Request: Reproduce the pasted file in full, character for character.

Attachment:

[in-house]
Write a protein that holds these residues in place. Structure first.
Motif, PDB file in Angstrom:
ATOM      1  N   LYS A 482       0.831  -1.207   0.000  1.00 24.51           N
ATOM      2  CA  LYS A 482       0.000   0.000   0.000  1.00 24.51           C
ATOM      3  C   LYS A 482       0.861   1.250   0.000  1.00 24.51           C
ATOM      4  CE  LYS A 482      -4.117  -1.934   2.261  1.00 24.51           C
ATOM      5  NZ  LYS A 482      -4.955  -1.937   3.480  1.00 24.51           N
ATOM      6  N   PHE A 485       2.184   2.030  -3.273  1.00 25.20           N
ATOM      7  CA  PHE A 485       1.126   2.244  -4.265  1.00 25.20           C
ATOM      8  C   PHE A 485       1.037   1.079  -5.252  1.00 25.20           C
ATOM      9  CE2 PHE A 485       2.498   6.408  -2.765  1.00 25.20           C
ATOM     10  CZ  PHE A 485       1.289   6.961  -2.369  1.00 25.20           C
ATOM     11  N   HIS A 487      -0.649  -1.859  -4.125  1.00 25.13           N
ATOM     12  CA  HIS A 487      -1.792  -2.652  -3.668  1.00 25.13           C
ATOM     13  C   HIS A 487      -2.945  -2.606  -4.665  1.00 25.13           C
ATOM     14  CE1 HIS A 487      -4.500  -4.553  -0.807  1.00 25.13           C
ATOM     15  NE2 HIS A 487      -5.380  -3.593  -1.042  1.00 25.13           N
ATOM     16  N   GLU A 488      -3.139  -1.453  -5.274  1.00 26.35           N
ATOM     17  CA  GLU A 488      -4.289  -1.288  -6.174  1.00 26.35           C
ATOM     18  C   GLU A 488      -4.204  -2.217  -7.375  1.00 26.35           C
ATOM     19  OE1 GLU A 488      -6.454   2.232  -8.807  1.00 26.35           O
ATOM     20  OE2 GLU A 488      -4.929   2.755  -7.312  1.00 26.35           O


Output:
[in-house]
Write a protein that holds these residues in place. Structure first.
Motif, PDB file in Angstrom:
ATOM      1  N   LYS A 482       0.831  -1.207   0.000  1.00 24.51           N
ATOM      2  CA  LYS A 482       0.000   0.000   0.000  1.00 24.51           C
ATOM      3  C   LYS A 482       0.861   1.250   0.000  1.00 24.51           C
ATOM      4  CE  LYS A 482      -4.117  -1.934   2.261  1.00 24.51           C
ATOM      5  NZ  LYS A 482      -4.955  -1.937   3.480  1.00 24.51           N
ATOM      6  N   PHE A 485       2.184   2.030  -3.273  1.00 25.20           N
ATOM      7  CA  PHE A 485       1.126   2.244  -4.265  1.00 25.20           C
ATOM      8  C   PHE A 485       1.037   1.079  -5.252  1.00 25.20           C
ATOM      9  CE2 PHE A 485       2.498   6.408  -2.765  1.00 25.20           C
ATOM     10  CZ  PHE A 485       1.289   6.961  -2.369  1.00 25.20           C
ATOM     11  N   HIS A 487      -0.649  -1.859  -4.125  1.00 25.13           N
ATOM     12  CA  HIS A 487      -1.792  -2.652  -3.668  1.00 25.13           C
ATOM     13  C   HIS A 487      -2.945  -2.606  -4.665  1.00 25.13           C
ATOM     14  CE1 HIS A 487      -4.500  -4.553  -0.807  1.00 25.13           C
ATOM     15  NE2 HIS A 487      -5.380  -3.593  -1.042  1.00 25.13           N
ATOM     16  N   GLU A 488      -3.139  -1.453  -5.274  1.00 26.35           N
ATOM     17  CA  GLU A 488      -4.289  -1.288  -6.174  1.00 26.35           C
ATOM     18  C   GLU A 488      -4.204  -2.217  -7.375  1.00 26.35           C
ATOM     19  OE1 GLU A 488      -6.454   2.232  -8.807  1.00 26.35           O
ATOM     20  OE2 GLU A 488      -4.929   2.755  -7.312  1.00 26.35           O